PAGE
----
An Introduction to Postcrossing

An Introduction to Postcrossing | The Open Home

If you are not a seasoned letter writer but would like to start sending more snail mail then a great way to start is by sending postcards.

At the start of the year, when I wanted to write and send more handwritten notes again I signed up to Postcrossing, a site that enables you to send and receive postcards from all over the world.

Not just for snail mail enthusiasts either, Postcrossing is great for those with wanderlust and those who enjoy learning more about other people, places and cultures.

Since I signed up 6 weeks ago I have sent 30 postcards covering a distance of  nearly 55,000 miles and have received 20 postcards from 16 different countries.

Needless to say, I’m most definitely hooked! What I love most about this new hobby is that I share it with my girls. I really enjoy picking out postcards with their help and love their excitement when a postcard arrives through our letter box.

An Introduction to Postcrossing | The Open Home

How it works

The idea with Postcrossing is simply this, you send a postcard to receive a postcard. All you have to do is register as a member and create your profile and you are ready to go!

The profile is an important step as it tells others a little about yourself and gives guidance to the sorts of postcards you would like to receive. I really appreciate when people have good profiles as it does help me in picking out a postcard for them. You can check out my profile and others for ideas.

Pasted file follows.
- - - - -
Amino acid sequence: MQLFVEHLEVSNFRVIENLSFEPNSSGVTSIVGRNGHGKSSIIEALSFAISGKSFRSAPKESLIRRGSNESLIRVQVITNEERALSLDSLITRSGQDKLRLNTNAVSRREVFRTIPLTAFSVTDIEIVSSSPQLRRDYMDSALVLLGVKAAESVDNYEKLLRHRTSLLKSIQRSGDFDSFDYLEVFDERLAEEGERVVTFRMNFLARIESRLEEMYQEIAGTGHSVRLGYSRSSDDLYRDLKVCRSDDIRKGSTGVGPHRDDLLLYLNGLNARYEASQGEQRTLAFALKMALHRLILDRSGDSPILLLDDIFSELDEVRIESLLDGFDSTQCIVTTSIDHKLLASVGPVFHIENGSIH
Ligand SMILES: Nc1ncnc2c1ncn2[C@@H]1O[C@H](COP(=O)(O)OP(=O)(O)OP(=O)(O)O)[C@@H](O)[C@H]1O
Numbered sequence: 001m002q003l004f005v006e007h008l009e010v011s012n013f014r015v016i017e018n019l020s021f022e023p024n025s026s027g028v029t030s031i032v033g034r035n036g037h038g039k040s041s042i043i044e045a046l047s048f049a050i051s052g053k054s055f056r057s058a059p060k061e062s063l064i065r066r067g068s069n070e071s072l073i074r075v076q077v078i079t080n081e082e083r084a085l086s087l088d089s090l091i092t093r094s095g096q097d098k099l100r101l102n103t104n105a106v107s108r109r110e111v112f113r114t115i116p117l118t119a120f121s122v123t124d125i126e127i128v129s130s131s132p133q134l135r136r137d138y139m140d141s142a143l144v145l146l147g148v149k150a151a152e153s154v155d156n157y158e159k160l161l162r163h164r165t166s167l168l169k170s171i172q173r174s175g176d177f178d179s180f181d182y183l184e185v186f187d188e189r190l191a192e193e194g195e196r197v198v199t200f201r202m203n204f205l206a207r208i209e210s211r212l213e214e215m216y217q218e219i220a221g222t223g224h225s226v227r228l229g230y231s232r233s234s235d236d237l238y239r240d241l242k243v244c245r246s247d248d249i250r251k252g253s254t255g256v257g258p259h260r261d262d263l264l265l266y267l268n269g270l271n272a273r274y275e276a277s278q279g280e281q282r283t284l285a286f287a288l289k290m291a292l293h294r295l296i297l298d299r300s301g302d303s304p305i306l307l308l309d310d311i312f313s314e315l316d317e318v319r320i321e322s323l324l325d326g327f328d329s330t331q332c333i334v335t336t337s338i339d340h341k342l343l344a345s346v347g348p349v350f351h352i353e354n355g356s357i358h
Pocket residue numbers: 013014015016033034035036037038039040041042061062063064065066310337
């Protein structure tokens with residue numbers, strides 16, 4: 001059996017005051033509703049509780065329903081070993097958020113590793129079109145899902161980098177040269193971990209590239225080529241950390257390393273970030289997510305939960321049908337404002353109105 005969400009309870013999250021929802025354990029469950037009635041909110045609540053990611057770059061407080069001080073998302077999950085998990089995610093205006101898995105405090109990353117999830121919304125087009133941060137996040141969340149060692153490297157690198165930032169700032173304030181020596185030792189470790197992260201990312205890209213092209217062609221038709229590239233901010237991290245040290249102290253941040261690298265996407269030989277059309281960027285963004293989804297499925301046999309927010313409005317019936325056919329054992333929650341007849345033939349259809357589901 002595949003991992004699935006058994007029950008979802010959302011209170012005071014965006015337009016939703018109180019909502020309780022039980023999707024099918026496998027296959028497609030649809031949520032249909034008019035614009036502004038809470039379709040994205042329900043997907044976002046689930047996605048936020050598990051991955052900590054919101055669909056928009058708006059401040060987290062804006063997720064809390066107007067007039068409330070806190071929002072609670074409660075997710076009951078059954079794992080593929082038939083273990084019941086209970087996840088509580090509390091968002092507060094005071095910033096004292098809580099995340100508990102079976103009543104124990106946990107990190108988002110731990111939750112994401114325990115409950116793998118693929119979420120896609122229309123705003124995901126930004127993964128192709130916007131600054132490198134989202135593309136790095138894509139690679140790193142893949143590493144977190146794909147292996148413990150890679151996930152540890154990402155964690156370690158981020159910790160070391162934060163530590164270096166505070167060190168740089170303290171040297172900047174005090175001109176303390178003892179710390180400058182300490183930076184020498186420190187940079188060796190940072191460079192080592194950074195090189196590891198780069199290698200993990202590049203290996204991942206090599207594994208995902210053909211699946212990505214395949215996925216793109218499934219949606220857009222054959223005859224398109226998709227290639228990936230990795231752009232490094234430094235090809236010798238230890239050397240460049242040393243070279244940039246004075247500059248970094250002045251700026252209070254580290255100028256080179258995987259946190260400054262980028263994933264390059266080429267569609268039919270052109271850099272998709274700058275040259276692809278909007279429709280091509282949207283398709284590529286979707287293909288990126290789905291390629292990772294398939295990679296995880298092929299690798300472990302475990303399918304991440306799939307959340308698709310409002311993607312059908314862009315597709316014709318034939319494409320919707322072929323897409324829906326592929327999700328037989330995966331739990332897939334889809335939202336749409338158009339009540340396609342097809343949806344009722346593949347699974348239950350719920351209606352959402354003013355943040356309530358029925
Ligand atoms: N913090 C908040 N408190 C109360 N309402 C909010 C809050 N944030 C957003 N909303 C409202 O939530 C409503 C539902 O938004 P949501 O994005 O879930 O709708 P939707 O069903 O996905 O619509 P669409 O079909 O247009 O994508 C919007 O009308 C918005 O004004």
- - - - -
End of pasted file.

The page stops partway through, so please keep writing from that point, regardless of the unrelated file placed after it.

Once you’re ready to send a postcard you simply need to click “send a postcard” in the main menu to do so. You will be sent the profile details of the recipient along with their address and most importantly the postcard ID which you MUST write on the card.

The postcard ID is then logged by the recipient upon arrival at it’s destination and you will receive an automatic notification and usually a thank you message from the recipient. Once the postcard has been logged your name is then added to the pool of names waiting to receive a postcard.

And that’s it!

You can also upload the images of the postcards you send so that they show up on both yours and the recipients wall of postcards. I personally enjoy uploading the photos before I send them so that the recipient doesn’t have too, plus that way I ensure I have a record of all the postcards I have sent.

An Introduction to Postcrossing | The Open Home

So if you want to send and receive more happy mail but don’t know where to start, then I suggest you start here with Postcrossing.

I also firmly believe that the challenge of writing something interesting in such a small space makes you a better writer, so the step up to writing longer letters won’t feel as daunting.

So start small, send a postcard and see where it takes you.

From which country did you last receive a postcard? Mine was from Germany.

6 thoughts on “An Introduction to Postcrossing

  1. Idle Emma April 8, 2016 / 22:05

    30 postcards already! wow! I signed up to Postcrossing last summer and I’ve only sent 26 cards so far 😀

    Like

      • Idle Emma April 9, 2016 / 16:51

        Well it is a pretty great site so I can understand that addiction xD I think Postcrossing is a lot of people’s (re)introduction into the world of snail mail so it does good work!

        Like

  2. Annie April 11, 2016 / 14:50

    I love this! Thanks for sharing!

    Like

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